segunda-feira, 24 de maio de 2010

Call for papers: Conference on Law, Culture, Constitutionalism and Governance

Call for papers: Conference on Law, Culture, Constitutionalism and Governance, Cape Town December 10-11 2010
By IACL secretariat, on May 10th, 2010
December Friday December 10 to Saturday December 11, 2010
Cape Town, South Africa
La Trobe University School of Law, Australia will host a two-day conference on December 10 and 11th, 2010 in Cape Town, South Africa.   The conference will be hosted in conjunction with the University of Cape Town and the University of Stellenbosch.  
 Prof. Chanock is one of the leading scholars on African customary law, and in particular, the historical basis of the South African legal system. His scholarship has been widely cited and frequently applauded.    There is no doubt that he is the pre-eminent South African legal historian.   During his distinguished career and in his scholarship he has explored the following themes:  the making of customary law in the processes of colonial government  and the economic changes brought by colonialism and their legacy; the development of customary law as a dialogue between colonial government and their African subjects; the making of a South African legal culture by whites without such a dialogue and as an opposite construct, an “othering”  to “civilized western law”;  the lynchpin of South African customary law, namely gender subordination and inequality, that raises crucial issues both for South Africa and the African continent in relation to the vital question as to how law can be Africanized and democratized on a new basis of gender equality; the possible roles for customary law in failing states; the possible roles for customary law within the governance of sustainability and the mistaken uses of the idea of the traditional in ‘traditional knowledge’ debates in intellectual property; what a new legal formalism might look like in a democratic state (without the domination of legal professionals), including a critique of the fetishism of bills of rights and the idea that judges can settle not just political questions but contribute much to the desperate needs of states struggling with capacity to govern; land law and land rights.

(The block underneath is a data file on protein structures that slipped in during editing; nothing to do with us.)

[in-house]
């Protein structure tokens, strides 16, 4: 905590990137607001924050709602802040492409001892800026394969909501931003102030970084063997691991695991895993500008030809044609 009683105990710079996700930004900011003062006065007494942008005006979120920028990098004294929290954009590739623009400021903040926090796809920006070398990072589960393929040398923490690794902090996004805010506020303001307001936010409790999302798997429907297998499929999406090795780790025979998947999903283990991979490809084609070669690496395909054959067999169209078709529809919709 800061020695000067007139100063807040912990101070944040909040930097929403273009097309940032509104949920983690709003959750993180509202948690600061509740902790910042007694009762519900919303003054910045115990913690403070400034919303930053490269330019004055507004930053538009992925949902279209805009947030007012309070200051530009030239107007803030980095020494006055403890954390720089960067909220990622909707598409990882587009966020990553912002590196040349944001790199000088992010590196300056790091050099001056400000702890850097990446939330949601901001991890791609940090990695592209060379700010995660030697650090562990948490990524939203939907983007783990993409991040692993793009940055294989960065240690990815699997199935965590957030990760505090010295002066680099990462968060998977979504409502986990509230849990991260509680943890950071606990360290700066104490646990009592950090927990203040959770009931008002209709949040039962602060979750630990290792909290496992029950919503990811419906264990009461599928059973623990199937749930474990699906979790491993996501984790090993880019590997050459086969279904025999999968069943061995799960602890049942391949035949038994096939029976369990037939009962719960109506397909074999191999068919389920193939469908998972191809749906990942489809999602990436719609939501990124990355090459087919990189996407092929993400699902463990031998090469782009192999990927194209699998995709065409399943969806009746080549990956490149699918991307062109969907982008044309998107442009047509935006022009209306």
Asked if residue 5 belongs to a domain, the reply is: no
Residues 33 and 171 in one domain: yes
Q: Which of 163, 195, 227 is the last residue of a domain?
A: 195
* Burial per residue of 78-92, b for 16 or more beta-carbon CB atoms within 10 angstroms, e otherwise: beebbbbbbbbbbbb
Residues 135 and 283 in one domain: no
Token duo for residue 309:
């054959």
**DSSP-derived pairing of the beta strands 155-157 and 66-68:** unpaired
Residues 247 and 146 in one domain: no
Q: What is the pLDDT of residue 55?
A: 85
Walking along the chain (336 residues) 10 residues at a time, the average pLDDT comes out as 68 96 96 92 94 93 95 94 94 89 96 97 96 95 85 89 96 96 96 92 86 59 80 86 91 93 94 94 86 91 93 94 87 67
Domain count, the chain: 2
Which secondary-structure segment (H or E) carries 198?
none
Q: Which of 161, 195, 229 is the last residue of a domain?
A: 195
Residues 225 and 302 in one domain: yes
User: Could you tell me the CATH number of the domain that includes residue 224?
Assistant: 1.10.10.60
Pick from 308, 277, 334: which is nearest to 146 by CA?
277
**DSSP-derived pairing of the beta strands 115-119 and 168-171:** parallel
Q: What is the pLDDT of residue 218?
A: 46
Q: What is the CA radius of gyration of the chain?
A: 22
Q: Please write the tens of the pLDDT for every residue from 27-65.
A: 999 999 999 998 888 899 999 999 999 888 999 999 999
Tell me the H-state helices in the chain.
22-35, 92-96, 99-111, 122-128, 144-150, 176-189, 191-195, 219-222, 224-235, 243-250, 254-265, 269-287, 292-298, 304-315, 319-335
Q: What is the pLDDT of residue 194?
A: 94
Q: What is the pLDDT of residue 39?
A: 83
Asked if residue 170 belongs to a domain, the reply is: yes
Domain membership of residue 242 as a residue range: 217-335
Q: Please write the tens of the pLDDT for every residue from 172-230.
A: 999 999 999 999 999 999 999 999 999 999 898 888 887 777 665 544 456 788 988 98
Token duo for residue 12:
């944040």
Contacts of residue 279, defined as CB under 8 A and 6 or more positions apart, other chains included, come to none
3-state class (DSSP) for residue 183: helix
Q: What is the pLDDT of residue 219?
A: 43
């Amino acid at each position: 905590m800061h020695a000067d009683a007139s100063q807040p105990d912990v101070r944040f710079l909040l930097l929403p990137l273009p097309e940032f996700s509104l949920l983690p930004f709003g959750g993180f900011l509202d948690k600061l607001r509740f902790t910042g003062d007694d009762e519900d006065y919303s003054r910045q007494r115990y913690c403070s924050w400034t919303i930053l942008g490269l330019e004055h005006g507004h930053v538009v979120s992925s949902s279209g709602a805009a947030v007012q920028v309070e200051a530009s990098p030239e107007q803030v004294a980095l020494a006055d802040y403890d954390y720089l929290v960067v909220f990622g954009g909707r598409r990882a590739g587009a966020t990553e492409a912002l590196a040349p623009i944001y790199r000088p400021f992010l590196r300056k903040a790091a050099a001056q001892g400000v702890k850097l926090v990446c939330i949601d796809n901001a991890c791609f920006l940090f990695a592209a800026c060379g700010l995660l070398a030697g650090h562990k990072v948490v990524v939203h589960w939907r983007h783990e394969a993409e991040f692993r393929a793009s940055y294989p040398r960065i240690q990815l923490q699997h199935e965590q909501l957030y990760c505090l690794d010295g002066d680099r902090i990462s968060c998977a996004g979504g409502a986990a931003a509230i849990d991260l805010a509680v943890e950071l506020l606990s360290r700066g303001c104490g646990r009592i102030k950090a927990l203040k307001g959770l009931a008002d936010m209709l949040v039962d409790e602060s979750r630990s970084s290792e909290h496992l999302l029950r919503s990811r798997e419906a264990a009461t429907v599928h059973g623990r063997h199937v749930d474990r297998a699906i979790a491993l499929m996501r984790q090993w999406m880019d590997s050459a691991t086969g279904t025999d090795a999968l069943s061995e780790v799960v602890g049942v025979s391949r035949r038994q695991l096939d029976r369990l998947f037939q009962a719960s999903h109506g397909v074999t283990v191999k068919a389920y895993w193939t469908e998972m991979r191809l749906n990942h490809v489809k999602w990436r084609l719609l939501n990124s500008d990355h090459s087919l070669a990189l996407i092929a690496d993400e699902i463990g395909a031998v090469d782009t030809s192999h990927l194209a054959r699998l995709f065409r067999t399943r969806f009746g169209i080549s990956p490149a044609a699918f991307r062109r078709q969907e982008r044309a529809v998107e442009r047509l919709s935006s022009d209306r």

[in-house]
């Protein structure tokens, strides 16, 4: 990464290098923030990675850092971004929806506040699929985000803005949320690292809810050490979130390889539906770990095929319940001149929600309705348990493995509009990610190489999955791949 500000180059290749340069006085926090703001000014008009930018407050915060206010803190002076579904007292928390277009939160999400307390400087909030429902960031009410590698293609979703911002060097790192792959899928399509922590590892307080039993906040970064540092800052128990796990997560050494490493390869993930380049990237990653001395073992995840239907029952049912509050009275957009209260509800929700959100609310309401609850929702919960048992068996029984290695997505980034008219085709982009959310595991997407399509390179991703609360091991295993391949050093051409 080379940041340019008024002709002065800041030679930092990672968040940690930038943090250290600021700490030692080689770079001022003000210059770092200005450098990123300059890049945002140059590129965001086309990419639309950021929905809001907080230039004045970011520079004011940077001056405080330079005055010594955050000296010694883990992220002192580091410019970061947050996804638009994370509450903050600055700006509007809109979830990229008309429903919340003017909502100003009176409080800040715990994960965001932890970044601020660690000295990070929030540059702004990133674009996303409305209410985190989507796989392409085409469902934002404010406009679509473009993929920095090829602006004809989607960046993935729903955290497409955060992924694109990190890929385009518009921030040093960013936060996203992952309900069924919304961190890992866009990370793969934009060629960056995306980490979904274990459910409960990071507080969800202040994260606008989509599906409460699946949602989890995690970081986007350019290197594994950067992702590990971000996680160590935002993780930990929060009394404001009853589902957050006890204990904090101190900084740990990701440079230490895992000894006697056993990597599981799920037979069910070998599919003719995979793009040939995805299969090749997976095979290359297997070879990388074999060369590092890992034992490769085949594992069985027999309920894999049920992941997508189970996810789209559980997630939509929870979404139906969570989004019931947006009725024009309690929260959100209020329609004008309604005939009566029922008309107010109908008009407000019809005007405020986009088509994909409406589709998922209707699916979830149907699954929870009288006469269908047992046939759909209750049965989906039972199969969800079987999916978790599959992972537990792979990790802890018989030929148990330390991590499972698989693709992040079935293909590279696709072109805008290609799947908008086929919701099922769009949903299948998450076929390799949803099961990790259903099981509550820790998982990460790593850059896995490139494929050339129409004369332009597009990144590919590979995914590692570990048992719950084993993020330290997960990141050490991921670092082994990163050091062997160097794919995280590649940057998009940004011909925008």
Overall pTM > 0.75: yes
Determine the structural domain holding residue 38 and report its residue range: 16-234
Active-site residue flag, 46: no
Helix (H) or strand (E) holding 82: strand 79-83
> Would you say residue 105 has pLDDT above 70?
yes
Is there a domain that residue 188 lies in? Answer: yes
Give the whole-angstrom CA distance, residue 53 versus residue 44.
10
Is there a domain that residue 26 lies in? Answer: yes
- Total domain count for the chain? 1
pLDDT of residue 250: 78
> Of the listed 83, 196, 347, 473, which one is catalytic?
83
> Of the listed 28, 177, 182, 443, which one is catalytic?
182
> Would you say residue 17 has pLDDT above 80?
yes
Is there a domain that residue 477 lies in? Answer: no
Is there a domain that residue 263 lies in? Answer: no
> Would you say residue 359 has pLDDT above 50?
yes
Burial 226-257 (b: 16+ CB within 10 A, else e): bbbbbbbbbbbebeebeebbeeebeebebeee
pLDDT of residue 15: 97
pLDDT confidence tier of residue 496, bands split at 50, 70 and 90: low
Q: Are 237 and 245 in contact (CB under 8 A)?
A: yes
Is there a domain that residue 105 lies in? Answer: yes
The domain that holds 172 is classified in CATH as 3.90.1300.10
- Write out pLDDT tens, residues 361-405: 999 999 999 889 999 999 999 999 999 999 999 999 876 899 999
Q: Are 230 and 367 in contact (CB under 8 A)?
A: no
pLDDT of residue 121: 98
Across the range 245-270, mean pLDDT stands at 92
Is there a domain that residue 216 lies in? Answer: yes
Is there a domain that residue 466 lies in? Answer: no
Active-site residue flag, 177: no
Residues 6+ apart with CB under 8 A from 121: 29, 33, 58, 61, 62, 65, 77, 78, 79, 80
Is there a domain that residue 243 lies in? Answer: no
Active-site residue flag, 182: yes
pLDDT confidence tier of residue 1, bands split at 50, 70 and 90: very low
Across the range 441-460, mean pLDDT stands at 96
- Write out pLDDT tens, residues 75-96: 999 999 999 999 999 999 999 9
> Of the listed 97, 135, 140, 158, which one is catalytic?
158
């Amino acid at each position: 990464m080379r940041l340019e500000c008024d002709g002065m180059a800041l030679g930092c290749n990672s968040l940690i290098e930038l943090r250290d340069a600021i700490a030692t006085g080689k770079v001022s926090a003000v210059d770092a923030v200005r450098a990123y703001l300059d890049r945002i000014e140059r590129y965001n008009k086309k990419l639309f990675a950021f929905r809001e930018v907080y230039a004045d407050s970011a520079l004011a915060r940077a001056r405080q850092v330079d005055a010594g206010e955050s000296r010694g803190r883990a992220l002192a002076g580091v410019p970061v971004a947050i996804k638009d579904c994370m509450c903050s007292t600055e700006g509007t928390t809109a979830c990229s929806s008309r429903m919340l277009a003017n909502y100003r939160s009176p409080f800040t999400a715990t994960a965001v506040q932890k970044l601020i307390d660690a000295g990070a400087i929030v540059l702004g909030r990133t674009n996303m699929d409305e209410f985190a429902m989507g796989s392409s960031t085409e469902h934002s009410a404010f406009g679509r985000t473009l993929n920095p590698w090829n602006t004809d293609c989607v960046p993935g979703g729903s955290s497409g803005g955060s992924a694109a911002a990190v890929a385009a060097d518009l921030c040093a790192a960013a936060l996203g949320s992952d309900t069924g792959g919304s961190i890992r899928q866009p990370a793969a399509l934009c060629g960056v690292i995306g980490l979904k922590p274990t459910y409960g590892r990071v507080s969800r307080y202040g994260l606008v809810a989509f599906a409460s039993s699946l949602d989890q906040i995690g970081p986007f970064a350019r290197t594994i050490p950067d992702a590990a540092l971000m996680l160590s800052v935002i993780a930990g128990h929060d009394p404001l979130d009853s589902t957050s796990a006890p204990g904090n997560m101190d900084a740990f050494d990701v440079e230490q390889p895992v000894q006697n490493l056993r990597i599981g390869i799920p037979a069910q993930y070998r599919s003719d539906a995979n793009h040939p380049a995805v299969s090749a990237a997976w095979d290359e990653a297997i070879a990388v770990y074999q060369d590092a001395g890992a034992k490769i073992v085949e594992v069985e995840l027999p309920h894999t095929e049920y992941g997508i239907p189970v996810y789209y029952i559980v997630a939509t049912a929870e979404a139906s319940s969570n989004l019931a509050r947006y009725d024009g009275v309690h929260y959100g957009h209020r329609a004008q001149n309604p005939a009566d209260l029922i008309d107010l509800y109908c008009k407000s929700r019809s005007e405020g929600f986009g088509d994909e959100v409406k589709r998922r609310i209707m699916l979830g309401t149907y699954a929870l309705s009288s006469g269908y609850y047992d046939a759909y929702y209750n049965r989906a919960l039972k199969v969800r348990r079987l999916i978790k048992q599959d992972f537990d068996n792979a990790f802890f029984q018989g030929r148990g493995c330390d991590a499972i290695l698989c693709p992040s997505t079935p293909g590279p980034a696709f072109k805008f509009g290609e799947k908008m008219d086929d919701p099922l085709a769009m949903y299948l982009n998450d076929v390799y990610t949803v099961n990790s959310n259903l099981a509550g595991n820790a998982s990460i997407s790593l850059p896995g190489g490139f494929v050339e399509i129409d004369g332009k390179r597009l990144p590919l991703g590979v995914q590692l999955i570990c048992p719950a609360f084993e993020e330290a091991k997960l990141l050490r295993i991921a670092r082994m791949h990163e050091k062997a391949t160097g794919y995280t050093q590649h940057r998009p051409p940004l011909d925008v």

Day One of the conference will focus on legal history, constitutionalism, indigenous law, law and culture, and land rights.   On Day two the conference will explore the issues of Legal Theory and Lawyering, to examine the contribution of constitutionalism to progressive lawyering and the wider access to justice project.  
By exploring legal history, contemporary legal and constitutional concerns, and future possibilities, the conference will evaluate the ways that a transformative constitutionalism, despite historical impediments, might create the spaces and possibilities for creative lawyering that engages civic associations and individual citizens in their pursuit of justice and equity.
The Honorable Pius Langa, the former Chief Justice of South Africa, will be the keynote speaker.
Those interested in presenting a paper should send a 500-word abstract by June 1st  to Prof. Penelope Andrews at Andrews@mail.law.cuny.edu.   Conference funding is limited, and there is an expectation that many participants will obtain funding from their home institutions.  Please indicate in your submission whether you will be able to secure your own funding to attend.   Formal invitations will be sent once participants have been chosen and the program has been finalized.

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